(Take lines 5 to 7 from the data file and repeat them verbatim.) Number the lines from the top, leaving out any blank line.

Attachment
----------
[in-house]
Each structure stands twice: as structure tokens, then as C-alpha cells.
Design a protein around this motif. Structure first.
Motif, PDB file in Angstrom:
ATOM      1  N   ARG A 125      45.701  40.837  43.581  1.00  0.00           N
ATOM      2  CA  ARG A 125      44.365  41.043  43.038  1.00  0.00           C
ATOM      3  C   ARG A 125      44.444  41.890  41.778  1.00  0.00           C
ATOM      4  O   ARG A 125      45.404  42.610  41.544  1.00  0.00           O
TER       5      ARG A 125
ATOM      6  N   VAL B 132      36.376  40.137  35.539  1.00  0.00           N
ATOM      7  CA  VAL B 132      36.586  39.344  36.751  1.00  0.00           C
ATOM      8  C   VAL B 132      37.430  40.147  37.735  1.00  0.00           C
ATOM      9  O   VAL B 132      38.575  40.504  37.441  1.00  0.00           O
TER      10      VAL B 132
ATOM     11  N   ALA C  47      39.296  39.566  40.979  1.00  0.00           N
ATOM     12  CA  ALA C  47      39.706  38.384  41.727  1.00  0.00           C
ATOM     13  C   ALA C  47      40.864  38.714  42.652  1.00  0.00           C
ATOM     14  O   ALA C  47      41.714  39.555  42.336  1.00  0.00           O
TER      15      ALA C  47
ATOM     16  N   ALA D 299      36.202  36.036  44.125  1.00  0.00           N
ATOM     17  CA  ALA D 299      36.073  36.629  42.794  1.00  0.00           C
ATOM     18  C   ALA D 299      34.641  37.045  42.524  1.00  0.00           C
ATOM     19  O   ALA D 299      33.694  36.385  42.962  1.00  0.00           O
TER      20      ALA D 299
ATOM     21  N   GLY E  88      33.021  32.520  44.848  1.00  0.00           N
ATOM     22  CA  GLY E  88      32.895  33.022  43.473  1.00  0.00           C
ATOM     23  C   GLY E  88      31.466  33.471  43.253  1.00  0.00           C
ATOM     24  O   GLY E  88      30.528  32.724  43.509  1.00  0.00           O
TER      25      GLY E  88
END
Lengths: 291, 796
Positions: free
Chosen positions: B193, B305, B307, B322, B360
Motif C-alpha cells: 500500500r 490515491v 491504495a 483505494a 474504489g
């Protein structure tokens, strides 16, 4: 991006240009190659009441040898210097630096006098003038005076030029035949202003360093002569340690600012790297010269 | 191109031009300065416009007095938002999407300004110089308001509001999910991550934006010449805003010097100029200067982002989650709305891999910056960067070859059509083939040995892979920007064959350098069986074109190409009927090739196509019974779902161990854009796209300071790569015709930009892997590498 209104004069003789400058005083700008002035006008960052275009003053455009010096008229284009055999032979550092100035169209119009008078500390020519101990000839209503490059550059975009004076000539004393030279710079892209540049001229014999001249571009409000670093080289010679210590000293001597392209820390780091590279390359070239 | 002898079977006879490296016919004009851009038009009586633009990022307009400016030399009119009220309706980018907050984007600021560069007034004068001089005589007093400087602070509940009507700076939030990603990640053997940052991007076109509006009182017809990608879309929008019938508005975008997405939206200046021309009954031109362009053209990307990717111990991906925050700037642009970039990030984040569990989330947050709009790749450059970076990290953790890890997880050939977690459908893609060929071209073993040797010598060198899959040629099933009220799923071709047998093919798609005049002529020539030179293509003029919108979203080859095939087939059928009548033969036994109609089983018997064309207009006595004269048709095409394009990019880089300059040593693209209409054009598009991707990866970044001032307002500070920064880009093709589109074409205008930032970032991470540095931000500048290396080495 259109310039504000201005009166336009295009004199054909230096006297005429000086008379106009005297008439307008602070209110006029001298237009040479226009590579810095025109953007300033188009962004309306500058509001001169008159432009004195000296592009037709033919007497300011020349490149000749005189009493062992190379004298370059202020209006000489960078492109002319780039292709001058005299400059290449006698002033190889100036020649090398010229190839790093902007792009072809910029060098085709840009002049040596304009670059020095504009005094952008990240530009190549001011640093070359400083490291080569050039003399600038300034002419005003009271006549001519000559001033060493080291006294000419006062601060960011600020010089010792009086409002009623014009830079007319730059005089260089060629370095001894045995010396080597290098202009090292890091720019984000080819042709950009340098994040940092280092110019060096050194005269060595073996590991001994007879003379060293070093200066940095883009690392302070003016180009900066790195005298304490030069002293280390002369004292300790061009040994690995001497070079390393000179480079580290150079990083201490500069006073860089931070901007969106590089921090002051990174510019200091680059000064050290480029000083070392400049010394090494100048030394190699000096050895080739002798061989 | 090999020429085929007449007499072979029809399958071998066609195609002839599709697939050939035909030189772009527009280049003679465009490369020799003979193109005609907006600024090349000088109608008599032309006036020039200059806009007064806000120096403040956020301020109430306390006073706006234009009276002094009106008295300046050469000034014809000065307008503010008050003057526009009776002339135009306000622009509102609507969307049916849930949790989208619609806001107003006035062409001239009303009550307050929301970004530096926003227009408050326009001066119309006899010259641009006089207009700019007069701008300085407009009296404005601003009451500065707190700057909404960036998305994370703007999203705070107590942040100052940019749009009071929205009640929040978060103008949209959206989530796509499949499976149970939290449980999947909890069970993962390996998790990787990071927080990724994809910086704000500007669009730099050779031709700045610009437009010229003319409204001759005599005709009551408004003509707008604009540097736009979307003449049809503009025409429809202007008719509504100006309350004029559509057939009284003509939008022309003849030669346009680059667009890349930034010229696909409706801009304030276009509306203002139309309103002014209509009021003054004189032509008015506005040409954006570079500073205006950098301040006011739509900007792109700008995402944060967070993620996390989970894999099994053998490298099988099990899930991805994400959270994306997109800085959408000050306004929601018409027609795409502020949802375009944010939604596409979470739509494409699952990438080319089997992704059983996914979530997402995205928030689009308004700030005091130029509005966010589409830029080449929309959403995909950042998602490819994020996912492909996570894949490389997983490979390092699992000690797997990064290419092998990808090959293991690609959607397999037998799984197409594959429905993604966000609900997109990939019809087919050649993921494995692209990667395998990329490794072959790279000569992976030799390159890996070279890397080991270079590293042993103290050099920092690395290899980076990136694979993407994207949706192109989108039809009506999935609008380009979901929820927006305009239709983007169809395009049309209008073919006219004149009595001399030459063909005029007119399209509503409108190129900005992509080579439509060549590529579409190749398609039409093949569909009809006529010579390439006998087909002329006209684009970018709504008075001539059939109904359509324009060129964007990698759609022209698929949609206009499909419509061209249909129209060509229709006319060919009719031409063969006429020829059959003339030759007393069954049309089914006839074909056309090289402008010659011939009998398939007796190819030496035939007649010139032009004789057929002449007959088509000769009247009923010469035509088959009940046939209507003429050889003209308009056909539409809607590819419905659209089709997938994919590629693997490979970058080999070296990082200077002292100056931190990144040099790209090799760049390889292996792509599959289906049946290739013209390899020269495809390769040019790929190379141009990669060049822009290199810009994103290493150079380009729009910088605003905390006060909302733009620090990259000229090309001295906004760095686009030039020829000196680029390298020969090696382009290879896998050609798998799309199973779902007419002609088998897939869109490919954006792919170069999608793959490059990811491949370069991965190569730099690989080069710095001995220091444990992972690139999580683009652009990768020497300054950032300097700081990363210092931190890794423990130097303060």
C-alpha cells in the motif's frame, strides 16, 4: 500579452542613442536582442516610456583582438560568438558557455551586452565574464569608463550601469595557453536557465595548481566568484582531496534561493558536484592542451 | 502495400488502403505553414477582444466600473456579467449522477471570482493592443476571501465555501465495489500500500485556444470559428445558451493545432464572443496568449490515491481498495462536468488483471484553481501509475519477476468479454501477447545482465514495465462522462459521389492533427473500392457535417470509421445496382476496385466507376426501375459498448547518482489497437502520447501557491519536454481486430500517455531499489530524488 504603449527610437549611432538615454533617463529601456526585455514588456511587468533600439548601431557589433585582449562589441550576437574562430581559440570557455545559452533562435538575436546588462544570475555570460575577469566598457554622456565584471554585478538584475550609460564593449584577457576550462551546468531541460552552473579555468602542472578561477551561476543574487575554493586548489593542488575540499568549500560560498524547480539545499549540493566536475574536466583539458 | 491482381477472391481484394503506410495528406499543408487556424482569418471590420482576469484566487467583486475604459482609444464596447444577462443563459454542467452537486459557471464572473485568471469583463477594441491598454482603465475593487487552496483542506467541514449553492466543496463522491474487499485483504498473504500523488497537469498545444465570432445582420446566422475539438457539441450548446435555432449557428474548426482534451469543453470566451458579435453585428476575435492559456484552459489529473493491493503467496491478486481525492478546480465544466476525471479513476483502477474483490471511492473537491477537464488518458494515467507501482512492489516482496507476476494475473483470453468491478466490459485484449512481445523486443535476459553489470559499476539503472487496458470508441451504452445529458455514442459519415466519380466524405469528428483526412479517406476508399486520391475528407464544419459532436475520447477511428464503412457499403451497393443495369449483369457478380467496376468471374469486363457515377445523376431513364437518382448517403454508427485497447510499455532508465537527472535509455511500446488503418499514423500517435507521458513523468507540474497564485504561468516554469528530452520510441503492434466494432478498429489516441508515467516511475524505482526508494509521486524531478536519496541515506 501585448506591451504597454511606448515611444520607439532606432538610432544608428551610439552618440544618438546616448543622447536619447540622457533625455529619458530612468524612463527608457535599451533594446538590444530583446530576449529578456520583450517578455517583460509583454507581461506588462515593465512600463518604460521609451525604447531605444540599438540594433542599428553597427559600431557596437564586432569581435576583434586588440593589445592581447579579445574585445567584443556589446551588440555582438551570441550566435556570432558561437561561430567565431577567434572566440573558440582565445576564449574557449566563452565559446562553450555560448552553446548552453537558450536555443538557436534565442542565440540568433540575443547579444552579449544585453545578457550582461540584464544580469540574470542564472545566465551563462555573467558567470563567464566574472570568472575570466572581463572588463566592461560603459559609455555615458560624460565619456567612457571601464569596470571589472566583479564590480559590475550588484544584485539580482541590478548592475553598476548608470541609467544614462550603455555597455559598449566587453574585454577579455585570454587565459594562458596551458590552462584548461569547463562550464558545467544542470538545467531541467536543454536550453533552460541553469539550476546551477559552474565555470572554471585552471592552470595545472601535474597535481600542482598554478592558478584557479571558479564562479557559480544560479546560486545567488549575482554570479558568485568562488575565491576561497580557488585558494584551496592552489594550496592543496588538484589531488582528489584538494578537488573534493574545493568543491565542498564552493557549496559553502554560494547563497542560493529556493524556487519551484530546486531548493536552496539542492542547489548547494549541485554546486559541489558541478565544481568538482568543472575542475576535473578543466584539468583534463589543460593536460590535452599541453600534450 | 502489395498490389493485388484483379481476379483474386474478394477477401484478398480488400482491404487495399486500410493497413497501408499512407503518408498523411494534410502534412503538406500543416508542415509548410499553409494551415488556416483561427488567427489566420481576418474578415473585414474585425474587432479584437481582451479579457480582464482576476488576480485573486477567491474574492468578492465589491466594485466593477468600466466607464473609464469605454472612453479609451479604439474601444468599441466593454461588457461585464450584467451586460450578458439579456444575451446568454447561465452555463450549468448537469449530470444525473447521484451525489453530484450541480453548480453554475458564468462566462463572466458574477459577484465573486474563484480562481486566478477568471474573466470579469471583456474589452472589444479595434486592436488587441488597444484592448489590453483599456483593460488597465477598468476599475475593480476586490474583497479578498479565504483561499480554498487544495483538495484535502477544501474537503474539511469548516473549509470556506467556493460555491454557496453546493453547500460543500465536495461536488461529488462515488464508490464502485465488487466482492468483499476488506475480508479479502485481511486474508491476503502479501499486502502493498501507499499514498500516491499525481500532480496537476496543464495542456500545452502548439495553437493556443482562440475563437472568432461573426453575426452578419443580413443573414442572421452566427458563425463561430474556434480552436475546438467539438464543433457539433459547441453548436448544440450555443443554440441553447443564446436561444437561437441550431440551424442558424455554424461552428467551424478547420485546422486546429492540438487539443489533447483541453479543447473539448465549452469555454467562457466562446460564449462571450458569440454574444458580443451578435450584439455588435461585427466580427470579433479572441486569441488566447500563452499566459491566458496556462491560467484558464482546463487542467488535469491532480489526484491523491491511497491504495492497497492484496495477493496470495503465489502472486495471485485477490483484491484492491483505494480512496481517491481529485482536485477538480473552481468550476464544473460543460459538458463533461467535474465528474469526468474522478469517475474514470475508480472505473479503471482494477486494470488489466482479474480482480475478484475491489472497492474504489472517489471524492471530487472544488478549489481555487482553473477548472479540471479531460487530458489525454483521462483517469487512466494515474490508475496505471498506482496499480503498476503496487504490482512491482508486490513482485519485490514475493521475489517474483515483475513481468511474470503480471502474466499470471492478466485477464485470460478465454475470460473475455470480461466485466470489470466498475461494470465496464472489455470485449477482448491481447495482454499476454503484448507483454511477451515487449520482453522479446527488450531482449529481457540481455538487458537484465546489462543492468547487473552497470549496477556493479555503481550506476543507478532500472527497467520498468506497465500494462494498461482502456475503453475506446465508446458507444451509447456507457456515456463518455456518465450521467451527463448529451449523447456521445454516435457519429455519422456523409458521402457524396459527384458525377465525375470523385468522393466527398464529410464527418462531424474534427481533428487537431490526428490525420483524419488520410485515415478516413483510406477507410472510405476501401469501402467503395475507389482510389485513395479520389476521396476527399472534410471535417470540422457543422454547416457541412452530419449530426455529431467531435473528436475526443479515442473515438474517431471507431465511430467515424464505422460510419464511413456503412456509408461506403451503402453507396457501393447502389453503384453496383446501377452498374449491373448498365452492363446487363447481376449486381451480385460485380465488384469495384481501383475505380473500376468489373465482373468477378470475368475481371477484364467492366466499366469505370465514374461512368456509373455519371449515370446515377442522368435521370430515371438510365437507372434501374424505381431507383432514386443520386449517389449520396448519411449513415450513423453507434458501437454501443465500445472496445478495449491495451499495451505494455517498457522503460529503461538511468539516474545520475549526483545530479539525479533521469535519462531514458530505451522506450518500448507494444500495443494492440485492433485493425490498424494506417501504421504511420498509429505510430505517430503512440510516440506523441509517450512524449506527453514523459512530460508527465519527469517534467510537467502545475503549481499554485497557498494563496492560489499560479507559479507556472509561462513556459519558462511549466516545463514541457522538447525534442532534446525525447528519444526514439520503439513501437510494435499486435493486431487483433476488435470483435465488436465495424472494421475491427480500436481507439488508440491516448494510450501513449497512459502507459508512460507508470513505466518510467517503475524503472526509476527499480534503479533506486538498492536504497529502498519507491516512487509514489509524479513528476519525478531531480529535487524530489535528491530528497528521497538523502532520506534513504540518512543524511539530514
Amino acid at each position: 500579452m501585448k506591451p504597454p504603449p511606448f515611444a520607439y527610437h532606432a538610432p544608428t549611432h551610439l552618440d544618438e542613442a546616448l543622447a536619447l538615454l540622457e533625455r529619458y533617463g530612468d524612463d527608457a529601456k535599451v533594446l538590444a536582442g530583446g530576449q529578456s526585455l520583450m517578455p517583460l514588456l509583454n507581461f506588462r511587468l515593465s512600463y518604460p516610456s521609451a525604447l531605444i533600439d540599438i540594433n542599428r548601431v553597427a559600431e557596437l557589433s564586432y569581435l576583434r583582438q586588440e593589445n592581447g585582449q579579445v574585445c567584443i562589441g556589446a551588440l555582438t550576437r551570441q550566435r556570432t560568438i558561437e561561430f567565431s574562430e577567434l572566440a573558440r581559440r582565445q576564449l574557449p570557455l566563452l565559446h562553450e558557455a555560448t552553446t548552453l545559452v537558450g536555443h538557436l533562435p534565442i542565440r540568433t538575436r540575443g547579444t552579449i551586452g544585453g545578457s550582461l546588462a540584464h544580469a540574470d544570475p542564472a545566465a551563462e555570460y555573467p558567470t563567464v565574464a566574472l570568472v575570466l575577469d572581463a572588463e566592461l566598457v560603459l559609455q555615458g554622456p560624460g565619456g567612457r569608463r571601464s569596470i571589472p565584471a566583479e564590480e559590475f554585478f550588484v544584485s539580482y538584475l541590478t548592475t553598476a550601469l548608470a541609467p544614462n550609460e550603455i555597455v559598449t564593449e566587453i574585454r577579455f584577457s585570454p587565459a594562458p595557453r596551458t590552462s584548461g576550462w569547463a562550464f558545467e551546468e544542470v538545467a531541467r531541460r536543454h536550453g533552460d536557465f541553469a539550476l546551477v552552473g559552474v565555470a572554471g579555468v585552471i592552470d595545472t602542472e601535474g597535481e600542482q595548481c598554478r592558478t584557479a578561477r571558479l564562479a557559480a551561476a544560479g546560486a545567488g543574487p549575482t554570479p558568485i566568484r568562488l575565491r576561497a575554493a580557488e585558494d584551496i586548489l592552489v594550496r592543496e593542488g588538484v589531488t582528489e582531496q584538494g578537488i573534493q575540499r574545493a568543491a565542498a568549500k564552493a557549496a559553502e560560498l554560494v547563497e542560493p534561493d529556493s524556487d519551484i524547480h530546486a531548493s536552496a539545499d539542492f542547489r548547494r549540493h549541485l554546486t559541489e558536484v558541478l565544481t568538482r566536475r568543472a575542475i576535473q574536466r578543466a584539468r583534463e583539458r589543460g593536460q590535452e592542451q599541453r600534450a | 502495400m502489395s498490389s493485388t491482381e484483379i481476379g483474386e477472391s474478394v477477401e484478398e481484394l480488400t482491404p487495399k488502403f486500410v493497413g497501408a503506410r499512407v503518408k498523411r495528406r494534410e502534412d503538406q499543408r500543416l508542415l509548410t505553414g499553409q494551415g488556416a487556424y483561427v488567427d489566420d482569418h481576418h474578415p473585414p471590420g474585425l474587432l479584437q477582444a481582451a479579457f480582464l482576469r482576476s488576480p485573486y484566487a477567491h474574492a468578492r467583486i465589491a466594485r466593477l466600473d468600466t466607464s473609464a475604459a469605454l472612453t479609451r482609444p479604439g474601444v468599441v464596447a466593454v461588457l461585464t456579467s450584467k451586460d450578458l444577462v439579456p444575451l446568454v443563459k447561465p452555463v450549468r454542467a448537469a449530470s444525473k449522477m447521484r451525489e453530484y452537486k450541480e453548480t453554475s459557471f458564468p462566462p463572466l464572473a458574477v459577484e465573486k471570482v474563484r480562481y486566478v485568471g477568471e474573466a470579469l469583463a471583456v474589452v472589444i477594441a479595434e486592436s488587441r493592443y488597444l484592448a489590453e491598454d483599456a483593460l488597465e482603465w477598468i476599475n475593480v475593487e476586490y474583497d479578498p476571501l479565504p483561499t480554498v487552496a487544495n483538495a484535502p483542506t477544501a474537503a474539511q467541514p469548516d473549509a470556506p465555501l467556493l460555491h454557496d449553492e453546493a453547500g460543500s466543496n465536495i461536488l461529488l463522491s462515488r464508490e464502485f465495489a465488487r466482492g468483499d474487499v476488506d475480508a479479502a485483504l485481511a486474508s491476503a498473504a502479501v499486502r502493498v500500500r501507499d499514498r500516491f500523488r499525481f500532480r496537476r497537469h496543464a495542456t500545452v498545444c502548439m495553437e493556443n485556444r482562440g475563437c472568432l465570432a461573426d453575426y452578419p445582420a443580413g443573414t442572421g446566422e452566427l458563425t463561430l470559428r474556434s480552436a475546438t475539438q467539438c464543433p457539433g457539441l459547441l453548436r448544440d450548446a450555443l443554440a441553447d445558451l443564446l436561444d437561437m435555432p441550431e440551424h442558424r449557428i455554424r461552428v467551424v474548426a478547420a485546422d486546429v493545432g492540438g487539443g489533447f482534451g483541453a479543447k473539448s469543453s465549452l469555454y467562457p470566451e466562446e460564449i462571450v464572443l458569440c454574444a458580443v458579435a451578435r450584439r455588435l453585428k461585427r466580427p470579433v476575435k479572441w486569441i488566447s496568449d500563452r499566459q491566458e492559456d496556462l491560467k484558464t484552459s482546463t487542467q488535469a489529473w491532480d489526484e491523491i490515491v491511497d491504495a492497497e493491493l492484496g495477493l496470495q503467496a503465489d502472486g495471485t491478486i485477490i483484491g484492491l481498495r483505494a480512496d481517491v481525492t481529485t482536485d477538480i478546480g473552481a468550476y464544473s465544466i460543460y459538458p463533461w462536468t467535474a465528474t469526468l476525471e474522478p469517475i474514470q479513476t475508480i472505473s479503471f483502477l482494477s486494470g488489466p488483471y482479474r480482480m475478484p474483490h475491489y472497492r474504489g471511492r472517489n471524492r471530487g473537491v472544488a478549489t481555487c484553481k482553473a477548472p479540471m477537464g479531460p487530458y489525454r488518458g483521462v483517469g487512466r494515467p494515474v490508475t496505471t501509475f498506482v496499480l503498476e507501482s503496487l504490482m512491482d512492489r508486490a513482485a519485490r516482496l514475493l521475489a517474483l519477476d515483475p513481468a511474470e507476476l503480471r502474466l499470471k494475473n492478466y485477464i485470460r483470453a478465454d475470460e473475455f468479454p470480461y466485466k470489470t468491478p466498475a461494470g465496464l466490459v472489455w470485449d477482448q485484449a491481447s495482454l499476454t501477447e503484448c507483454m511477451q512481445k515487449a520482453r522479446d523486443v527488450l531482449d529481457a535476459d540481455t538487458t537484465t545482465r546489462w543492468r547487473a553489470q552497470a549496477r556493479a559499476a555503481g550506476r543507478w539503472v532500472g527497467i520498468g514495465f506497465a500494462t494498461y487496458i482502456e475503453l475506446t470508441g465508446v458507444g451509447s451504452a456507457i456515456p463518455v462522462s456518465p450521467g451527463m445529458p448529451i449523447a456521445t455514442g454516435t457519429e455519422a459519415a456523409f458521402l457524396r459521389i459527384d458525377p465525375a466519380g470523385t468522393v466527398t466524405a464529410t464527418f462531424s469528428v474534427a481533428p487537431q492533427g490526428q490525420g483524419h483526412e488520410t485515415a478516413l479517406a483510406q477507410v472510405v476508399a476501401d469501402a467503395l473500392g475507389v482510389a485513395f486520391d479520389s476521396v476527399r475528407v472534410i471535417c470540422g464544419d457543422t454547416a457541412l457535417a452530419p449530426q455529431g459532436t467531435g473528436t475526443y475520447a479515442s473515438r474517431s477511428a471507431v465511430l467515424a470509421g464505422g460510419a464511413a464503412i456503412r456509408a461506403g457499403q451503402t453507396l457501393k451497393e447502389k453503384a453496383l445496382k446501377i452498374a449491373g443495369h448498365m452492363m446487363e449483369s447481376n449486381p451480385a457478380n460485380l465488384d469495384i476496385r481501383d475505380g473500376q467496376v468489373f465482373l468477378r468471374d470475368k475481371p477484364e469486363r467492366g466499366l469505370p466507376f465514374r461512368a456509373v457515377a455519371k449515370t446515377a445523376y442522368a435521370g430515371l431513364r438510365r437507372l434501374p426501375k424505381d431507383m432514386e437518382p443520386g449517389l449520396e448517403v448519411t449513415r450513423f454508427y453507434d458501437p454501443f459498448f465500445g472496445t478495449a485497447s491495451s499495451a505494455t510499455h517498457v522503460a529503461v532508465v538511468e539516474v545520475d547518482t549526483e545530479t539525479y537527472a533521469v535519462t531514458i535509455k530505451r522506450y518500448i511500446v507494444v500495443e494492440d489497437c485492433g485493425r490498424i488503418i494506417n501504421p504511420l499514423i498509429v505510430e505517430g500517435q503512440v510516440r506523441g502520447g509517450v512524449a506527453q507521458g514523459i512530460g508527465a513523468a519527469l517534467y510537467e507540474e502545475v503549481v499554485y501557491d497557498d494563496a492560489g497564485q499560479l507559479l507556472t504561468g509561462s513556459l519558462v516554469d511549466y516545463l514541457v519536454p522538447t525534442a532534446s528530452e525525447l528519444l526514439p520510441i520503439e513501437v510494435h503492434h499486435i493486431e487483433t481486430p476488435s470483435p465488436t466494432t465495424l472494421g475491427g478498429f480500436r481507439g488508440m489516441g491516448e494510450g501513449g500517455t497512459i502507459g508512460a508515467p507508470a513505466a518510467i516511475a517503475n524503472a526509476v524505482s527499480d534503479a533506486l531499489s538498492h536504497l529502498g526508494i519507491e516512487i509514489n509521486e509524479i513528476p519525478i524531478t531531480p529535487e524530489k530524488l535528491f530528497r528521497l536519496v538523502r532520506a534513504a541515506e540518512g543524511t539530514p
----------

ATOM      1  N   ARG A 125      45.701  40.837  43.581  1.00  0.00           N
ATOM      2  CA  ARG A 125      44.365  41.043  43.038  1.00  0.00           C
ATOM      3  C   ARG A 125      44.444  41.890  41.778  1.00  0.00           C